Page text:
13169Grondin Re: [XTalk] Presuppositions
- Apr 8, 2003At 02:07 PM 4/7/2003 +0000, Mike Grondin wrote:
>I think the reason why some folks might think that they have noBy which I take it that you mean 'naturalistic' presuppositions are
>presuppositions at all is that their presuppositions are of the sort
>that might best be called 'naturalistic'. These presuppositions are
>are so seemingly ordinary and commonsensical when compared with some
>of the extraordinary presuppositions of faith that they might seem as nothing.
"better"? This is almost exactly what is involved in ethnocentrism. *MY*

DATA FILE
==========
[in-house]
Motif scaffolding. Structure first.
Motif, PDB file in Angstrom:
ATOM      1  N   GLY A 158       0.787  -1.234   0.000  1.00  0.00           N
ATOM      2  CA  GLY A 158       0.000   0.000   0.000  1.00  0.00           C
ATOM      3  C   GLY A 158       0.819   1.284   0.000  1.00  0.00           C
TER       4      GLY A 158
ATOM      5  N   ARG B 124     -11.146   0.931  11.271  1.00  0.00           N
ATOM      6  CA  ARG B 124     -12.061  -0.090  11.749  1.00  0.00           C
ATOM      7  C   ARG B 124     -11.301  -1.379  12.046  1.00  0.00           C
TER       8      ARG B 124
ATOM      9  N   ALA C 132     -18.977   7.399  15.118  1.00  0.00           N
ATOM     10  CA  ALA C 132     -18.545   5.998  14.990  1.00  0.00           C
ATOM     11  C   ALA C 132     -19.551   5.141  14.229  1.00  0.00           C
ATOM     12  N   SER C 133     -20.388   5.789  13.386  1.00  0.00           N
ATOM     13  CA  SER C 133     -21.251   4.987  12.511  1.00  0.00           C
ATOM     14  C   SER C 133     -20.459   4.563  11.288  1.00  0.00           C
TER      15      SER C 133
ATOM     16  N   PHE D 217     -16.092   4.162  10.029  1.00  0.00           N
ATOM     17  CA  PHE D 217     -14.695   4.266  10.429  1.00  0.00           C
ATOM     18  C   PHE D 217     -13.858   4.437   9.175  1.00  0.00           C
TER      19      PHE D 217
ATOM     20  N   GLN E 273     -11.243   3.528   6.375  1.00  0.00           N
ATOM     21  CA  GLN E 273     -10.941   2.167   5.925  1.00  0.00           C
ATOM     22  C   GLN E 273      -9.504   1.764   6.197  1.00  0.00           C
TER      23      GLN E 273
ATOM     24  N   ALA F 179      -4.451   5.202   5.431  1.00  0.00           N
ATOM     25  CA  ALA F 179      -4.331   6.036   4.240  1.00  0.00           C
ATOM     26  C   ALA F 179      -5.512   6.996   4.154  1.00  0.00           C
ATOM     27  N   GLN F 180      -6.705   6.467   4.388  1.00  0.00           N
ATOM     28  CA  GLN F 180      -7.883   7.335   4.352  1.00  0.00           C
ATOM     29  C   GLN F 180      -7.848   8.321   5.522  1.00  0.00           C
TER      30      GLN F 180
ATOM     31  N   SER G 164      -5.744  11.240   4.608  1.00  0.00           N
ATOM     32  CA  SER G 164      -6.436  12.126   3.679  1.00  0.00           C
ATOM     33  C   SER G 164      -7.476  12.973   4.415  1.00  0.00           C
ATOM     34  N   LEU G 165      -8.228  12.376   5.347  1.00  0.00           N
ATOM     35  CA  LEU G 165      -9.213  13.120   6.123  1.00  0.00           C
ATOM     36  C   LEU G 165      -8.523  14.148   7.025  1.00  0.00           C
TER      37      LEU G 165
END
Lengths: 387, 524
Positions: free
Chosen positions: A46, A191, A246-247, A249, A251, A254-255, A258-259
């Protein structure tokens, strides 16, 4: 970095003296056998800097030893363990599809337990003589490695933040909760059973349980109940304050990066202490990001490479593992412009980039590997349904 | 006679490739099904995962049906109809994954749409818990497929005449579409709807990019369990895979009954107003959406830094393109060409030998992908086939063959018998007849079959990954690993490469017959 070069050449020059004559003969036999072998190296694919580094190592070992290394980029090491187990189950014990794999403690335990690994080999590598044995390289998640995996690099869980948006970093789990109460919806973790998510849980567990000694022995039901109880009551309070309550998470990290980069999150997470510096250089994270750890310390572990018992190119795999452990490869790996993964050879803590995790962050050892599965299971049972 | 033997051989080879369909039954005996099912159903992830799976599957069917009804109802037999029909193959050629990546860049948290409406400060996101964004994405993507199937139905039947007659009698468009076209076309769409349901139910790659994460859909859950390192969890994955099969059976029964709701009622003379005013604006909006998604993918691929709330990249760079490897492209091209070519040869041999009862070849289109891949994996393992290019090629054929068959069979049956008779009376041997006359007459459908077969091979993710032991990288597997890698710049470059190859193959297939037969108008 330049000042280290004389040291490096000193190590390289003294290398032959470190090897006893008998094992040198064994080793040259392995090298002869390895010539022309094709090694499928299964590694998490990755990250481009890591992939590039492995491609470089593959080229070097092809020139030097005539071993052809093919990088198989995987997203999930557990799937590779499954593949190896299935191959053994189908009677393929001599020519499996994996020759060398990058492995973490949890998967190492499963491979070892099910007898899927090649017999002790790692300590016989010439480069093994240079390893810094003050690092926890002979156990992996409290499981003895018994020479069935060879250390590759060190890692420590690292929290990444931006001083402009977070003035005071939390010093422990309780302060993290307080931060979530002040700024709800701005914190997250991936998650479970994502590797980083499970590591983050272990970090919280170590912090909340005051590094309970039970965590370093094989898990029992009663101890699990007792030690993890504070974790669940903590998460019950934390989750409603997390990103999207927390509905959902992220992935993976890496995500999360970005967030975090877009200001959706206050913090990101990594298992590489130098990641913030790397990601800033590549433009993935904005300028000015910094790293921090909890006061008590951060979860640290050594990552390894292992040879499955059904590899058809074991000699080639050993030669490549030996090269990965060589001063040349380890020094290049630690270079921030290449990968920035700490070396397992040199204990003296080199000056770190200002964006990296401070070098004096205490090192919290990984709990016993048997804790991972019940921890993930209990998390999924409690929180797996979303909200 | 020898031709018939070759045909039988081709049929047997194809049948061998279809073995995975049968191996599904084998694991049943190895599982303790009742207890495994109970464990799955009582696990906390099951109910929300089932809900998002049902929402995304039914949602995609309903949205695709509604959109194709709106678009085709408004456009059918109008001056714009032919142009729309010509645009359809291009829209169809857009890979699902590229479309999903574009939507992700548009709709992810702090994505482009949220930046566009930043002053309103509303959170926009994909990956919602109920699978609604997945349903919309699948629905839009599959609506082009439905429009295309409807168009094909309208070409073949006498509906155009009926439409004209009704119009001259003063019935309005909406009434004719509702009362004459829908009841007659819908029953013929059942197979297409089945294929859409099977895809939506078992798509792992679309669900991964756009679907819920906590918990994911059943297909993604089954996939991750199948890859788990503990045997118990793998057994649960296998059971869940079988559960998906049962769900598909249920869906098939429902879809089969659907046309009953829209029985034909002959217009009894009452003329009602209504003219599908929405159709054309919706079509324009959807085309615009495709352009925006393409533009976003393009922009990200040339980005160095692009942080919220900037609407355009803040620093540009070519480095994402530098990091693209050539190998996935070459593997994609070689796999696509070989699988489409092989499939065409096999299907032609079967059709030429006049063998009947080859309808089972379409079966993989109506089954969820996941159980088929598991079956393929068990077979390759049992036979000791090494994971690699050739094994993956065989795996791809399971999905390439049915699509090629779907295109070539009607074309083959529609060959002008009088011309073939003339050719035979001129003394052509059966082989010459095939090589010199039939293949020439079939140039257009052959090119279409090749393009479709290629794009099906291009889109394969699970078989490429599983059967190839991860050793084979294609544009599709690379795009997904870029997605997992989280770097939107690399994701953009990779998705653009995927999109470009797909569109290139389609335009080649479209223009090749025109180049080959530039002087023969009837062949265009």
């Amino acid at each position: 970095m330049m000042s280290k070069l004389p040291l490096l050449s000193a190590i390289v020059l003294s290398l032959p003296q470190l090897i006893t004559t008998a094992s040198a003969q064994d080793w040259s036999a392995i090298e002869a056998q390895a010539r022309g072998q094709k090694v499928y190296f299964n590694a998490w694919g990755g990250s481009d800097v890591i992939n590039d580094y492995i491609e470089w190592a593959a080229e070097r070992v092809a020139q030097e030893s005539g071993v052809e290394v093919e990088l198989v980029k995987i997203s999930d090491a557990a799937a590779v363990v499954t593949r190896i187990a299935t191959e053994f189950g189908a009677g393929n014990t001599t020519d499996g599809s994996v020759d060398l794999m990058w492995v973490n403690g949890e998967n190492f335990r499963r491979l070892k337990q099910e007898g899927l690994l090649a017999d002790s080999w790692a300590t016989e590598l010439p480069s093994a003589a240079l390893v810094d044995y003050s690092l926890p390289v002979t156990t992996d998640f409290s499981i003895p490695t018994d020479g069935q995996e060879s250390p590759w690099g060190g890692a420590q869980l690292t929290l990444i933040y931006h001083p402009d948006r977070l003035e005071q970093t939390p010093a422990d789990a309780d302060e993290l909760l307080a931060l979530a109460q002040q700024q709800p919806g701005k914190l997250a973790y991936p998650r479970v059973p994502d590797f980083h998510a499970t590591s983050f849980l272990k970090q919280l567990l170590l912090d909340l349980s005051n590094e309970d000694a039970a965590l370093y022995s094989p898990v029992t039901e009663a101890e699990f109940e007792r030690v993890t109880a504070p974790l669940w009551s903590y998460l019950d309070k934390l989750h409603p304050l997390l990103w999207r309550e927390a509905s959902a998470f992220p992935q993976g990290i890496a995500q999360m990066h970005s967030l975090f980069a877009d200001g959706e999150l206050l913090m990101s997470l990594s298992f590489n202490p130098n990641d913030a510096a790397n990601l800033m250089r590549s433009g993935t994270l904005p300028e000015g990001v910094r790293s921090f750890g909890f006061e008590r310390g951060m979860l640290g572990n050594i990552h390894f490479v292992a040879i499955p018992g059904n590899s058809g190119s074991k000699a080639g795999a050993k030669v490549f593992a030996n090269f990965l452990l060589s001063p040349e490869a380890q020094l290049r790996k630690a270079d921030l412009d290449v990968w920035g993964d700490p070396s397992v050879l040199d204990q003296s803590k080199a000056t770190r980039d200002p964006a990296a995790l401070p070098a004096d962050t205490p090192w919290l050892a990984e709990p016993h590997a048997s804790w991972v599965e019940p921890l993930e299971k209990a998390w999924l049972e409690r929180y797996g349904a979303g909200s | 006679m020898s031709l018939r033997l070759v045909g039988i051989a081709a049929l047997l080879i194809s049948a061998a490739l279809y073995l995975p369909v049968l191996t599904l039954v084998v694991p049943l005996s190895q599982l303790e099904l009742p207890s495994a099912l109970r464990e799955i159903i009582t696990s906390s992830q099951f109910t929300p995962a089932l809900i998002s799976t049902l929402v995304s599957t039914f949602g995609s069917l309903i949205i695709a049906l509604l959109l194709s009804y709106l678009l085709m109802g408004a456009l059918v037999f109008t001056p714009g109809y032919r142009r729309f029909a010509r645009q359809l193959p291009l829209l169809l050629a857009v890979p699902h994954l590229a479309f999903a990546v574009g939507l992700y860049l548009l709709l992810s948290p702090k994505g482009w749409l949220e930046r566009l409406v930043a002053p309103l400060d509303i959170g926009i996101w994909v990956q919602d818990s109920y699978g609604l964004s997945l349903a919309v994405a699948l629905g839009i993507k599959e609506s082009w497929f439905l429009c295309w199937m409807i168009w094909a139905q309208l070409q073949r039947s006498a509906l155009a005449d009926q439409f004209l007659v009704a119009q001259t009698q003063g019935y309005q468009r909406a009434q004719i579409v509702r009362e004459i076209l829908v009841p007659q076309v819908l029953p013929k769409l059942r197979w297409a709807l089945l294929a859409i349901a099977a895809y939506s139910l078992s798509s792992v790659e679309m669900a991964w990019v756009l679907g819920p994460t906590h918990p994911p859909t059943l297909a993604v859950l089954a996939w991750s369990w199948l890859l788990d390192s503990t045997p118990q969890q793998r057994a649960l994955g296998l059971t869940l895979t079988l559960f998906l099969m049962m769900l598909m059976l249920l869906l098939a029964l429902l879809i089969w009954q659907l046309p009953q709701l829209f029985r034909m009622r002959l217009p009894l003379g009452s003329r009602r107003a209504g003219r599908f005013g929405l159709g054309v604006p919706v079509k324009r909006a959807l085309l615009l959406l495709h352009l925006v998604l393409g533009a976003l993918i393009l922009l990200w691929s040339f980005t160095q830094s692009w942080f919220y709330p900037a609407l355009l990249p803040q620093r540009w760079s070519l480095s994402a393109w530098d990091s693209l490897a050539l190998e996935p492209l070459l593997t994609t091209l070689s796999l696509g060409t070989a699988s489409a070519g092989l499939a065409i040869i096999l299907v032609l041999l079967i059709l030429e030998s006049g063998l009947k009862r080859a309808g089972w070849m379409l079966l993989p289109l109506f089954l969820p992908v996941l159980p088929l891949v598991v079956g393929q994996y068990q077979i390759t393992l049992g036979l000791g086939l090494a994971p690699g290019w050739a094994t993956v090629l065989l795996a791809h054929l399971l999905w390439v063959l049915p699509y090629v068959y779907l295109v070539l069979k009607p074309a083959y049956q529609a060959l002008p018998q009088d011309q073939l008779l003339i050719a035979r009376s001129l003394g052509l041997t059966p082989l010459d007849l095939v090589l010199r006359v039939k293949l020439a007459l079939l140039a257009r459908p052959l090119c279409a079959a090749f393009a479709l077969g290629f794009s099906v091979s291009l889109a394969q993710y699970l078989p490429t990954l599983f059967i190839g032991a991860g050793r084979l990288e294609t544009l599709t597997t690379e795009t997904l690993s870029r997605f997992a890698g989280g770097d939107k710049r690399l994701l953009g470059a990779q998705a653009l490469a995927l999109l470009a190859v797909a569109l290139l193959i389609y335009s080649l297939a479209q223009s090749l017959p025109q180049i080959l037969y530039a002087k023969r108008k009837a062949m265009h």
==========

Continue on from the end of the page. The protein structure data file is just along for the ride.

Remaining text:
presuppositions are natural, and so ordinary and commonsensical that of
course they're true. *YOUR* presuppositions, however, are strange and
unnatural, and just totally weird.
Seriously, context is everything. From an ethnocentric point of view, i.e.,
from the viewpoint of one's own culture (or subculture), one's own
presuppositions seem obvious and, as you say, "natural". From the point of
view of most cultures of the world, the idea of separating the natural from
the supernatural, and denying the existence of the latter, is not only
strange and bizarre, but contrary to experience.
So when it comes right down to it, an appeal to this kind of "naturalism"
amounts to little but an appeal to ethnocentrism, if I understand
correctly, where the name of the subculture in question is Naturalism (see
any dictionary of philosophy). Now, Naturalism certainly has its uses;
science has sprung forth from it, and all that. But it is a particular
worldview, which has its limitations.
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